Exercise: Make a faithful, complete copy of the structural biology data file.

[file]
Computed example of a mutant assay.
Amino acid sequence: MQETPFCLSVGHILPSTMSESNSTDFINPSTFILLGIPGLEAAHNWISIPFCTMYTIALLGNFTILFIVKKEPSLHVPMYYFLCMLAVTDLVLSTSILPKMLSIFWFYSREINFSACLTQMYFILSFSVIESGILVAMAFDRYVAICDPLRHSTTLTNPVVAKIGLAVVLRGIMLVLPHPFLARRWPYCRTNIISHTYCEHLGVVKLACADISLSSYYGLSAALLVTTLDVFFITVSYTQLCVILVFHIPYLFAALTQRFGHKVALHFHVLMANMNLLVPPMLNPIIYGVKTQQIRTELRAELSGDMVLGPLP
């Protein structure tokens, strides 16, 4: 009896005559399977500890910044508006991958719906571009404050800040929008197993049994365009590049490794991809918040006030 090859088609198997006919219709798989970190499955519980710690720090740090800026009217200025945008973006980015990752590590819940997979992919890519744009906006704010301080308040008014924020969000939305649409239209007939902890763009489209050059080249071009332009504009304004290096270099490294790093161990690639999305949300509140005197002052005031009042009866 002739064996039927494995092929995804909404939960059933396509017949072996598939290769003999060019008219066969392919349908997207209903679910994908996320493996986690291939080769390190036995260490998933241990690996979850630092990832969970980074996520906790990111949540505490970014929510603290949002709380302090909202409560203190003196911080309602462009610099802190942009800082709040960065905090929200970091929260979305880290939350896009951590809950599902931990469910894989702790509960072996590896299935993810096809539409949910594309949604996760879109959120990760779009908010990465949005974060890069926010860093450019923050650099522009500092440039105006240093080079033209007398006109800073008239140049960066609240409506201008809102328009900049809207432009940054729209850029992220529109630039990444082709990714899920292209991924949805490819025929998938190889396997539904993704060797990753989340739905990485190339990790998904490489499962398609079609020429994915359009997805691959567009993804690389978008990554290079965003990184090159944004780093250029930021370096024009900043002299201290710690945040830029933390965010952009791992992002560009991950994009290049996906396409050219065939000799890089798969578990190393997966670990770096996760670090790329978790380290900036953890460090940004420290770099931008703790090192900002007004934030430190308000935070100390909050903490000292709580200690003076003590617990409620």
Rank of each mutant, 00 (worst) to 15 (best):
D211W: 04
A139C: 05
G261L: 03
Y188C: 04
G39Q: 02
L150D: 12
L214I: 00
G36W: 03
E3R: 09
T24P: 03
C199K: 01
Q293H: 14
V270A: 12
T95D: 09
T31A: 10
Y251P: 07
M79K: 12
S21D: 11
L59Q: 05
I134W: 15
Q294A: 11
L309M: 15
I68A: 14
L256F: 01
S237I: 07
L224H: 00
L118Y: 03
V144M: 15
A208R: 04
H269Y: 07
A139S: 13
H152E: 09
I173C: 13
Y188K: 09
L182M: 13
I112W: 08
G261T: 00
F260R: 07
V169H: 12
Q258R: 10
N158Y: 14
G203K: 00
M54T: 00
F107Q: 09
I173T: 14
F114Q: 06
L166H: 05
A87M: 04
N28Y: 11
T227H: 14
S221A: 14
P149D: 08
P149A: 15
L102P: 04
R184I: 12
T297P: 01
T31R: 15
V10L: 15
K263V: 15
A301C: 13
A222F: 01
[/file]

Computed example of a mutant assay.
Amino acid sequence: MQETPFCLSVGHILPSTMSESNSTDFINPSTFILLGIPGLEAAHNWISIPFCTMYTIALLGNFTILFIVKKEPSLHVPMYYFLCMLAVTDLVLSTSILPKMLSIFWFYSREINFSACLTQMYFILSFSVIESGILVAMAFDRYVAICDPLRHSTTLTNPVVAKIGLAVVLRGIMLVLPHPFLARRWPYCRTNIISHTYCEHLGVVKLACADISLSSYYGLSAALLVTTLDVFFITVSYTQLCVILVFHIPYLFAALTQRFGHKVALHFHVLMANMNLLVPPMLNPIIYGVKTQQIRTELRAELSGDMVLGPLP
């Protein structure tokens, strides 16, 4: 009896005559399977500890910044508006991958719906571009404050800040929008197993049994365009590049490794991809918040006030 090859088609198997006919219709798989970190499955519980710690720090740090800026009217200025945008973006980015990752590590819940997979992919890519744009906006704010301080308040008014924020969000939305649409239209007939902890763009489209050059080249071009332009504009304004290096270099490294790093161990690639999305949300509140005197002052005031009042009866 002739064996039927494995092929995804909404939960059933396509017949072996598939290769003999060019008219066969392919349908997207209903679910994908996320493996986690291939080769390190036995260490998933241990690996979850630092990832969970980074996520906790990111949540505490970014929510603290949002709380302090909202409560203190003196911080309602462009610099802190942009800082709040960065905090929200970091929260979305880290939350896009951590809950599902931990469910894989702790509960072996590896299935993810096809539409949910594309949604996760879109959120990760779009908010990465949005974060890069926010860093450019923050650099522009500092440039105006240093080079033209007398006109800073008239140049960066609240409506201008809102328009900049809207432009940054729209850029992220529109630039990444082709990714899920292209991924949805490819025929998938190889396997539904993704060797990753989340739905990485190339990790998904490489499962398609079609020429994915359009997805691959567009993804690389978008990554290079965003990184090159944004780093250029930021370096024009900043002299201290710690945040830029933390965010952009791992992002560009991950994009290049996906396409050219065939000799890089798969578990190393997966670990770096996760670090790329978790380290900036953890460090940004420290770099931008703790090192900002007004934030430190308000935070100390909050903490000292709580200690003076003590617990409620």
Rank of each mutant, 00 (worst) to 15 (best):
D211W: 04
A139C: 05
G261L: 03
Y188C: 04
G39Q: 02
L150D: 12
L214I: 00
G36W: 03
E3R: 09
T24P: 03
C199K: 01
Q293H: 14
V270A: 12
T95D: 09
T31A: 10
Y251P: 07
M79K: 12
S21D: 11
L59Q: 05
I134W: 15
Q294A: 11
L309M: 15
I68A: 14
L256F: 01
S237I: 07
L224H: 00
L118Y: 03
V144M: 15
A208R: 04
H269Y: 07
A139S: 13
H152E: 09
I173C: 13
Y188K: 09
L182M: 13
I112W: 08
G261T: 00
F260R: 07
V169H: 12
Q258R: 10
N158Y: 14
G203K: 00
M54T: 00
F107Q: 09
I173T: 14
F114Q: 06
L166H: 05
A87M: 04
N28Y: 11
T227H: 14
S221A: 14
P149D: 08
P149A: 15
L102P: 04
R184I: 12
T297P: 01
T31R: 15
V10L: 15
K263V: 15
A301C: 13
A222F: 01